In Europe and the United Kingdom, there are similar historically significant industrial heartland regions that, as in the United States, are in an unevenly shared economic transition. Communities that still struggle within former industrial powerhouse regions offer fertile ground for leaders who play to attitudes of nativism, nationalism, and nostalgia—and often fuel anti-democratic behavior and sentiments. But as we have written for the Brookings Institution, where former “Rust Belt” communities do find new economic footing, the lure of resentful populism wanes, as residents grow more hopeful for the future.

Economic opportunity gaps by geography remain a root cause of our polarized politics. How do we offset these gaps? How can our leaders at the national and local level best support effective economic transition efforts both at home and among our democratic allies?

These were the questions we raised with 125 leaders from eight Western democracies at a transatlantic summit held earlier this year. Our newly released report shares insights and findings as leaders explored: the causes and challenges posed to democracies from populist movements; the links between economic conditions and populist sentiment; and effective policies and practices for economic transformation in struggling industrial regions.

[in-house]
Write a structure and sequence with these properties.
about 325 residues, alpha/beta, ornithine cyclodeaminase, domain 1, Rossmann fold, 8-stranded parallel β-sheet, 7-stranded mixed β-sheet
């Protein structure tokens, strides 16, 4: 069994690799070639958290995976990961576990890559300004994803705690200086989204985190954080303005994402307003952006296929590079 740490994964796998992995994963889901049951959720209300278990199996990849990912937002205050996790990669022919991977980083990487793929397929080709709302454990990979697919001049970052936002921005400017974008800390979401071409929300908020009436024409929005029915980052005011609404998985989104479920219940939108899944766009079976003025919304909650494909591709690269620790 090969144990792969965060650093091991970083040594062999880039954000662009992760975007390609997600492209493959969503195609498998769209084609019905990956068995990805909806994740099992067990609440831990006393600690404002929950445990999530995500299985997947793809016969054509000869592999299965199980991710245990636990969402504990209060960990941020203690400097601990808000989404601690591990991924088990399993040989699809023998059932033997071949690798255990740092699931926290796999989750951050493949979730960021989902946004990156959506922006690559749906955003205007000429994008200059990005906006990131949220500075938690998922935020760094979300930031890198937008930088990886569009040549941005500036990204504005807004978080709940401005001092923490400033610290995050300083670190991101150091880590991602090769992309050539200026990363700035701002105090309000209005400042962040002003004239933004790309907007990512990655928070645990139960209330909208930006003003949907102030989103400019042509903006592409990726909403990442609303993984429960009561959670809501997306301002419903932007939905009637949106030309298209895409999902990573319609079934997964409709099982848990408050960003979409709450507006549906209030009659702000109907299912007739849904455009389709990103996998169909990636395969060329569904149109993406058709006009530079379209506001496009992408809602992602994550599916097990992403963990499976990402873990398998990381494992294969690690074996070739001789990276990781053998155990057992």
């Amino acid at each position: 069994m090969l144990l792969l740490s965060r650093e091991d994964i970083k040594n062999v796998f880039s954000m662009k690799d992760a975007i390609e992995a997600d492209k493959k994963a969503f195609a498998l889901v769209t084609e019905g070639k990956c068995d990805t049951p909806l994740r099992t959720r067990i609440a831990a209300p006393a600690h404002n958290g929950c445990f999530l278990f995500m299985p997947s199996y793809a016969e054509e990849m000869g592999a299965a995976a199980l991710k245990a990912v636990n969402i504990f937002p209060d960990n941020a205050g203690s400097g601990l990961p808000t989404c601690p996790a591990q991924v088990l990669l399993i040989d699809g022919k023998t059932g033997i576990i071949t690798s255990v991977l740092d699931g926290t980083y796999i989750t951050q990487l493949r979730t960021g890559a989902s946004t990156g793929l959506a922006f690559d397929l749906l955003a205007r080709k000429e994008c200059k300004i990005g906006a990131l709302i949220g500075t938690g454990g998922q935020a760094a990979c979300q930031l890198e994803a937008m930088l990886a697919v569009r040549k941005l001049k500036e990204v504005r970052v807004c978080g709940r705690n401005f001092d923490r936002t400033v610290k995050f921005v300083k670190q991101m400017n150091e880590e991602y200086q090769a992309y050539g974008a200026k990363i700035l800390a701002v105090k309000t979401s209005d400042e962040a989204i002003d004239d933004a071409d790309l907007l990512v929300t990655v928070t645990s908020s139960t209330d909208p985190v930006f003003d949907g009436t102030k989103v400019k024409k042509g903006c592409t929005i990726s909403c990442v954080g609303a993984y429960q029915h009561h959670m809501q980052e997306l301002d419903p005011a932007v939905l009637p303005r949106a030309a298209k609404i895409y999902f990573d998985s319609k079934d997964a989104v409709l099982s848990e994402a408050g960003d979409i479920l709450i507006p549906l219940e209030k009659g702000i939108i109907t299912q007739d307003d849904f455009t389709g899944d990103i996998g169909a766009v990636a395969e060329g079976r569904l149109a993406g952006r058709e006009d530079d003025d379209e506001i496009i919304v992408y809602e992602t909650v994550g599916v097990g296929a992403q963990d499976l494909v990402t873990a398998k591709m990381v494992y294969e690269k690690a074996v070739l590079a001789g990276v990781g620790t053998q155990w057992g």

There is an urgency for our leaders to implement policies, practices, and strategies that facilitate economic development and create new opportunities for residents of older industrial regions—if we are to address a fundamental cause of the appeal of populism that is polarizing our politics.

As the UK’s Rachel Wolf, founding partner of Public First told us: